A Japanese man has raced into the Guinness World Records after running 100m in 42.22 seconds in Kyoto, western Japan. Hidekichi Miyazaki – also known as the "Golden Bolt" – set the record in the over-105 age category, in which no mark had previously existed.
In spite of the impressive feat at the ripe old age of 105, Miyazaki insisted that he was not satisfied. "I'm not happy with the time," he told AFP. "I started shedding tears during the race because I was going so slowly. Perhaps I'm getting old!"
In 2013, the twinkle-toed sprinter reportedly ran 100m in 38.35 seconds before issuing a throwdown to six-time Olympic gold medallist and the world's fastest man, Usain Bolt. After yesterday's race, Miyazaki broke into Bolt's signature "To Di World" pose.
Japan, which has the world's highest life expectancy (on average women live to 87 and men to 80) has embraced Miyazaki, who has become somewhat of a poster boy for the older generation. And the fleet-footed runner declared: "I'm still a beginner, you know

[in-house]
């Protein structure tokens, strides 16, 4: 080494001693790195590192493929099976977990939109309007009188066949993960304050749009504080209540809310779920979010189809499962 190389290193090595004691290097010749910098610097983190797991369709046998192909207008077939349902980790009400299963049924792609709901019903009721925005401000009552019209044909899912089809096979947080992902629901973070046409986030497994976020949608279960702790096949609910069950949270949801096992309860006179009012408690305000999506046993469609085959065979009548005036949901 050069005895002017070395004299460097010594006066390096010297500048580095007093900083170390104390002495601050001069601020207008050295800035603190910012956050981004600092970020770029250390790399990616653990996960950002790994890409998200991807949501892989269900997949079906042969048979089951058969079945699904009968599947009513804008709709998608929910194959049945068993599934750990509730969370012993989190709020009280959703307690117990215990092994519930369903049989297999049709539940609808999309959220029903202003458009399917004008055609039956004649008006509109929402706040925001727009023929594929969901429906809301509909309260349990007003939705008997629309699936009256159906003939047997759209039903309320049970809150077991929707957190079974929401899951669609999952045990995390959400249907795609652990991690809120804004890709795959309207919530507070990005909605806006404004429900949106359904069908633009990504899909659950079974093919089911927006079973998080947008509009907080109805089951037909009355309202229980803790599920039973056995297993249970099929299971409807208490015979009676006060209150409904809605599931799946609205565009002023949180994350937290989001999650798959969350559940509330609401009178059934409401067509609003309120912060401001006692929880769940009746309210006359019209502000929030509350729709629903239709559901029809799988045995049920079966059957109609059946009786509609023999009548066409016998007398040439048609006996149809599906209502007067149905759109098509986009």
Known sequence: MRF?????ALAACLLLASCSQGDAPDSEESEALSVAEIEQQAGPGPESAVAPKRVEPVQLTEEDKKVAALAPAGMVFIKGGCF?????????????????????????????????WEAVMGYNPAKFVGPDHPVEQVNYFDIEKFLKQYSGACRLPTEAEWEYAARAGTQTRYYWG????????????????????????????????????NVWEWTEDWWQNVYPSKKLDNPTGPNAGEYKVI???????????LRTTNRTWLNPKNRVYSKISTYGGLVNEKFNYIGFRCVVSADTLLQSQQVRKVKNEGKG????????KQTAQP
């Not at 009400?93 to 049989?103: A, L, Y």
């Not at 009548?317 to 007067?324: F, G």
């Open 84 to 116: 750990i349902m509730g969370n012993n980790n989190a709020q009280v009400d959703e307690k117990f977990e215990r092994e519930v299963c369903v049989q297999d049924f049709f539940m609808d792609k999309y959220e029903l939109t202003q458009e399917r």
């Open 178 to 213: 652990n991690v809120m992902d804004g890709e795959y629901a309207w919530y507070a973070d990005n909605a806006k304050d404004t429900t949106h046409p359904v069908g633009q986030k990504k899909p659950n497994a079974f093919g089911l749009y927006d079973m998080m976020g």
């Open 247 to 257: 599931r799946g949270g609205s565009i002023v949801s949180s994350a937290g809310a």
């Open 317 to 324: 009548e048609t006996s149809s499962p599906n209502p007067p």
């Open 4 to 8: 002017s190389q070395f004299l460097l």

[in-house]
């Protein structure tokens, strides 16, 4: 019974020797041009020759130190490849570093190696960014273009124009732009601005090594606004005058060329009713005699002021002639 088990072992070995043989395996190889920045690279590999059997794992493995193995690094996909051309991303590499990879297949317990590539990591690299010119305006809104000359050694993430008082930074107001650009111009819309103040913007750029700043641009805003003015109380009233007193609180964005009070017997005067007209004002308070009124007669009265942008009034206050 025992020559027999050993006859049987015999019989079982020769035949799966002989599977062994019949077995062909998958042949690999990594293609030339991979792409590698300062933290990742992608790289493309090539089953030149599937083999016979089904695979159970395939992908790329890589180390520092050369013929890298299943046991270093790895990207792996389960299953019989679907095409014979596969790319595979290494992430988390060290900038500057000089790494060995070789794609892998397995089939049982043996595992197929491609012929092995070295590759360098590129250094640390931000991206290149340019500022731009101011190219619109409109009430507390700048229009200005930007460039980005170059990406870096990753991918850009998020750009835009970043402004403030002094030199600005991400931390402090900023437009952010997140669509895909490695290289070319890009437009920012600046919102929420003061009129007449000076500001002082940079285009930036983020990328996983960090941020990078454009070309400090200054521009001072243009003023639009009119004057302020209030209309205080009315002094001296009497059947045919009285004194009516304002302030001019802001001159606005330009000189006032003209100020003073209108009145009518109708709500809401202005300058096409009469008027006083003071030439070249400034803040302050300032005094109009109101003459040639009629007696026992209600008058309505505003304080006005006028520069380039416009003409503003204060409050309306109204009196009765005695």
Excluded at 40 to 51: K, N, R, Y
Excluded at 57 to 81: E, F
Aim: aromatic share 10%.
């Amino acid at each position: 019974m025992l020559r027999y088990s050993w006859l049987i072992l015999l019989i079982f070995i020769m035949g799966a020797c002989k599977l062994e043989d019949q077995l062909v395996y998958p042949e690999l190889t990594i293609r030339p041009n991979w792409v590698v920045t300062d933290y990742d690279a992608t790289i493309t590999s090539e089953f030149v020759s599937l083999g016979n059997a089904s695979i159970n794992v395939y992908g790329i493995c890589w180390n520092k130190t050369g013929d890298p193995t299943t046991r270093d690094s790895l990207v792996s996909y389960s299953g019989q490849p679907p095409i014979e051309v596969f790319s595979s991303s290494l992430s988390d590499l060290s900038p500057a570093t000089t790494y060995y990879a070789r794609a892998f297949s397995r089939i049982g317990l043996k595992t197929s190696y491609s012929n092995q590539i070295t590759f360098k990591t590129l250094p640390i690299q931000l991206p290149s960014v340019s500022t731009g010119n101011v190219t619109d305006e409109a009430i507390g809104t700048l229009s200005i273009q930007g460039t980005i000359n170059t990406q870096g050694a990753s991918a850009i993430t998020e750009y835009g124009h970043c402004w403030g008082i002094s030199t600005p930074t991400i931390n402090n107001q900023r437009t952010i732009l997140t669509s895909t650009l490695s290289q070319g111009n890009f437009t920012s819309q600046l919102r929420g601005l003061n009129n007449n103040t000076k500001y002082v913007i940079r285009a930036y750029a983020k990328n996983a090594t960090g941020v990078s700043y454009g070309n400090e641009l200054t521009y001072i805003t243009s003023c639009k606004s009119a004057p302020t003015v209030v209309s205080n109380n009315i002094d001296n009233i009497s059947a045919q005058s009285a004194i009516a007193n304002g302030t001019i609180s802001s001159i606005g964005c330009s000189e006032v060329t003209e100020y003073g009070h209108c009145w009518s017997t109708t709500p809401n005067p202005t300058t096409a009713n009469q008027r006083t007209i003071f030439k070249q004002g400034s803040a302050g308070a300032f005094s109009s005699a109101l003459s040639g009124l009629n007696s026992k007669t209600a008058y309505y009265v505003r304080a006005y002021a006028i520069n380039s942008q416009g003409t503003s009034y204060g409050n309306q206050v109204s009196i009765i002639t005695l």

"I'll have to train harder. Training was going splendidly, so I had set myself a target of 35 seconds. I can still go faster.
"I will say this: I'm proud of my health. My brain might not be the sharpest but physically I'm tip-top. I've never had any health problems. The doctors are amazed by me. I can definitely keep on running for another two or three years."
Miyazaki, who stands 5ft tall and weighs 92lbs, also said that he still harbours hopes of racing Jamaican Usain Bolt. "Two or three years ago Bolt came to Japan and said he wanted to meet me. There was a call about it but I was out and he left without meeting me. I felt deeply sorry," Miyazaki said.
Having taken up running in his early 90s, Miyazaki said: "It's all about willpower." The sprinter is next scheduled to compete in next month's Japanese Masters Championships.